- The authoritative book on the subject. Stan Henning wrote a rebuttal that corrects a few of the points that Shahar overlooked or misinterpreted (please see his webpage below for the name of his review).

    *The Spring and Autumn of Chinese Martial Arts: 5,000 years, by Prof. Kang Gewu

    - More of a list. Good for directing further research into various areas of Chinese martial arts.

    * The Teeth and Claws of the Buddha: Monastic Warriors and Sohei in Japanese History, by Prof. Mikael S. Adolphson


    - Authoritative book on the Sohei warrior monks of Japan.

    Papers

    Anything by:

    Stanley Henning
    Meir Shahar

    I know of a couple of other books on the subject, but I haven't read them yet. I refuse to list anything by Dr. Yang Jwingming on the bases that he is notoriously bad for passing along legend as fact. The Shaolin Grandmaster's Text has been heavily criticized on this site, so it should not be mentioned either. (Unless there is a member out there that thinks it has some scholarly merit. If so, please defend your stance.)

    Please feel free to add to what I have started.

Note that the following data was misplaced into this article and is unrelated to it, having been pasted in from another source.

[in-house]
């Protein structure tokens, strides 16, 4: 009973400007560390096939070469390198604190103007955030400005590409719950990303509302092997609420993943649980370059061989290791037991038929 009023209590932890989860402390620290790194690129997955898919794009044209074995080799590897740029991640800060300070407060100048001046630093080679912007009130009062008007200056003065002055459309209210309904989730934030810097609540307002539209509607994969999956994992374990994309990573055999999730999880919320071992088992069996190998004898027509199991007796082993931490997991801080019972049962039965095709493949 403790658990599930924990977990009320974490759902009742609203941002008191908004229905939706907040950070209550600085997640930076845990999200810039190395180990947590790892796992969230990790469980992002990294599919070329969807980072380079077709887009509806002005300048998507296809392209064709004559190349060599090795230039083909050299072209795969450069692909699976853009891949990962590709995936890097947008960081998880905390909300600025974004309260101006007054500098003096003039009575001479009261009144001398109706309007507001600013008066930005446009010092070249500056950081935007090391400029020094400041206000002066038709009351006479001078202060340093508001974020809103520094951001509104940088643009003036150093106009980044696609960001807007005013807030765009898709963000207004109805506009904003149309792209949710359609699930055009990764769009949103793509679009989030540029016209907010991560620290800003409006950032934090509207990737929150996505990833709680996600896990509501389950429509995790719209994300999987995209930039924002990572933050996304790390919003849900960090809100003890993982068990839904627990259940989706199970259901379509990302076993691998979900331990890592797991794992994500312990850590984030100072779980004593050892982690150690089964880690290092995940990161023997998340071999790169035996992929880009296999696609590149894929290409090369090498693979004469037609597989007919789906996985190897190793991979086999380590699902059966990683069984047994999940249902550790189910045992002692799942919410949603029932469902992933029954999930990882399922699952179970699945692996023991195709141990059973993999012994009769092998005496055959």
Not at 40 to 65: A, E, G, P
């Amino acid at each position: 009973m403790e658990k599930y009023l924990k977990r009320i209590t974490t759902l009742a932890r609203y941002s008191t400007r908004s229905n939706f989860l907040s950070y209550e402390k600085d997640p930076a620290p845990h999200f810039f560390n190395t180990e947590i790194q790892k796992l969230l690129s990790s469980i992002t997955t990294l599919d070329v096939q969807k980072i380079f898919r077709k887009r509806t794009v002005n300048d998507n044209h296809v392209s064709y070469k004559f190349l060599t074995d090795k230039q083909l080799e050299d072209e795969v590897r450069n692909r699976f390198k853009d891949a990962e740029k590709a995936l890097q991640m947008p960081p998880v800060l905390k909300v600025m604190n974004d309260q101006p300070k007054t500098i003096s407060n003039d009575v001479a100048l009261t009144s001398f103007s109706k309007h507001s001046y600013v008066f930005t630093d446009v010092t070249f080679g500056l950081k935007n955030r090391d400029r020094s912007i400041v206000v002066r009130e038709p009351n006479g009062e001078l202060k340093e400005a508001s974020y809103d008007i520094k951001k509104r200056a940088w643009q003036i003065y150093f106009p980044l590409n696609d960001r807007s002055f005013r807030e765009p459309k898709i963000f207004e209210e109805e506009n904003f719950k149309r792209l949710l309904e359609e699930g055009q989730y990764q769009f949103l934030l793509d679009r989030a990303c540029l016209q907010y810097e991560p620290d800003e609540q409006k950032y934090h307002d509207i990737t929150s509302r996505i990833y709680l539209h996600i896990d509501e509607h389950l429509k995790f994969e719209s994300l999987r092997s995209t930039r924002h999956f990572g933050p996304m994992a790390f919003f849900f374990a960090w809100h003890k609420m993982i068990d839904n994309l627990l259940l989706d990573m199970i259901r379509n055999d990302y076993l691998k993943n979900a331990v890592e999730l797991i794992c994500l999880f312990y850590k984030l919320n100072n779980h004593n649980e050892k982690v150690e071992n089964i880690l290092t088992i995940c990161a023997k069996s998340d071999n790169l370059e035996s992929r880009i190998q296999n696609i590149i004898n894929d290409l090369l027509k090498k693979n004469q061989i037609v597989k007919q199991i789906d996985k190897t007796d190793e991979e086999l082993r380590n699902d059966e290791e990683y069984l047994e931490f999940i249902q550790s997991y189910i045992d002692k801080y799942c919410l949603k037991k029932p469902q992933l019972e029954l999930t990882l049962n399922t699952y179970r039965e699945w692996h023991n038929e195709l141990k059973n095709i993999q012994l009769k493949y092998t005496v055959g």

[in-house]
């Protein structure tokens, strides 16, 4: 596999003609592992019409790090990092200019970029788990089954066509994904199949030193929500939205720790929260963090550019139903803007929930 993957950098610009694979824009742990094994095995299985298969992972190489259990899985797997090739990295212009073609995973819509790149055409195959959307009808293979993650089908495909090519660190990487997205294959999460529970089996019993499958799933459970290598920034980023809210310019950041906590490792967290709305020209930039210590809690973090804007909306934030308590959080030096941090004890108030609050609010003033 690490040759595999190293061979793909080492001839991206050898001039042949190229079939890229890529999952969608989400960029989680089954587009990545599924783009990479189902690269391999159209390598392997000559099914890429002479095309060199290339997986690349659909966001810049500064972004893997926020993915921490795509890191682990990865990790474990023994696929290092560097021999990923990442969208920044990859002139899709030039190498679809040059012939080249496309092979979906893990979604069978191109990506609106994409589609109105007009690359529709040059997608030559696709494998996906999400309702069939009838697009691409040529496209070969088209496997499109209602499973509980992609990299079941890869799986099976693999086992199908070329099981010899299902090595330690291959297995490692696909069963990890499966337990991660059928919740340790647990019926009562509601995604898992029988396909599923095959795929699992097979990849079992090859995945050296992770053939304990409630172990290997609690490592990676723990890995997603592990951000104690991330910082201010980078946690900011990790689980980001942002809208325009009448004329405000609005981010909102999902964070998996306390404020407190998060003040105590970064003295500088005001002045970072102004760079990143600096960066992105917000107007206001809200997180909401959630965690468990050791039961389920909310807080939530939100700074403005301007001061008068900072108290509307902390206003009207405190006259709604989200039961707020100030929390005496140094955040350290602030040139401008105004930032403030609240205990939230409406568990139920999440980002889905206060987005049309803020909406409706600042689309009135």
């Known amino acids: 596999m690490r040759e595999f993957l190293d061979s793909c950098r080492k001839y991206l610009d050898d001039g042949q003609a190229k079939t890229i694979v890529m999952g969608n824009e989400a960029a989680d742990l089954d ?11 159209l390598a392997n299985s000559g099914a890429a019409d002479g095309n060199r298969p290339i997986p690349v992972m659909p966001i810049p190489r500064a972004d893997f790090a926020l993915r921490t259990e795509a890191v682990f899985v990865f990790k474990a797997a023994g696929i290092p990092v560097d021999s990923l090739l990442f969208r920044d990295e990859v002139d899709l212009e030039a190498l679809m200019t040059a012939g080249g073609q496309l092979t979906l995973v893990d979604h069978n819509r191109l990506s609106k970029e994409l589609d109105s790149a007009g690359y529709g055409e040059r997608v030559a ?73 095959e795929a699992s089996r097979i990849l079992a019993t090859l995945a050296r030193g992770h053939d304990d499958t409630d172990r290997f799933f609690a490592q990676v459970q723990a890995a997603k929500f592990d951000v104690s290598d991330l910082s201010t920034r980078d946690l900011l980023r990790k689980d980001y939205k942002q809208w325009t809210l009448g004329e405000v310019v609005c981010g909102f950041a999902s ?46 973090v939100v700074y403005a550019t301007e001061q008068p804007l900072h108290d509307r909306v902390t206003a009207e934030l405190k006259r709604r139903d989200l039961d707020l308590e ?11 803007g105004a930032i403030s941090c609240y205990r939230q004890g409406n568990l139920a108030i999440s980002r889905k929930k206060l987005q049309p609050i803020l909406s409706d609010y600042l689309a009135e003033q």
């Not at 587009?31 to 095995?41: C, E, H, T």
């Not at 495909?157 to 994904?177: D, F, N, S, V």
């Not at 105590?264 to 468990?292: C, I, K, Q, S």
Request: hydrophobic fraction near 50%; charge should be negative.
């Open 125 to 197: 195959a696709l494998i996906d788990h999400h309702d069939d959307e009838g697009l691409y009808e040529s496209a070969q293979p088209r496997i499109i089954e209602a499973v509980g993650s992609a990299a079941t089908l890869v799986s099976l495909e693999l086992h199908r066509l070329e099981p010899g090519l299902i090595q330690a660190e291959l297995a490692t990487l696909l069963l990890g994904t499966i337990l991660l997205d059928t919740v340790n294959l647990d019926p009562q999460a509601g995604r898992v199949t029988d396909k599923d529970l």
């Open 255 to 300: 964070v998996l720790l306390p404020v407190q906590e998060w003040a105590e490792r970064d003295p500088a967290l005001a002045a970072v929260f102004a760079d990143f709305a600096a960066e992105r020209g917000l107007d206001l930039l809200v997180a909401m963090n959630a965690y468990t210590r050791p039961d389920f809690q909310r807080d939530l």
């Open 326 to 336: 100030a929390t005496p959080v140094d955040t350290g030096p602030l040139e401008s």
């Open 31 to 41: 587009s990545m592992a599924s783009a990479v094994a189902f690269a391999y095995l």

Last edited by ghostexorcist; 02-13-2010 at 06:58 AM.

  2. #2
    Brian Kennedy will also be coming out with an encyclopedic work on Chinese martial arts history which will be basically an English equivalent of one of the greatest Chinese -language texts on the subject. Not sure when it'll be out, but I do know that it's being waited for by many...
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    Quote Originally Posted by cerebus View Post
    Brian Kennedy will also be coming out with an encyclopedic work on Chinese martial arts history which will be basically an English equivalent of one of the greatest Chinese -language texts on the subject. Not sure when it'll be out, but I do know that it's being waited for by many...
    That is good to hear. I know he is currently writing a book on Jingwu (or it might be an article for the book you mentioned).

    I think I know what Chinese book you are referring to.

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    Combat, Ritual and Performance: Anthropology of the Martial Arts by David E. Jones


    While this book is an interesting socio-cultural read, it's not really for martial artists.

    Quote Originally Posted by Todd Ellner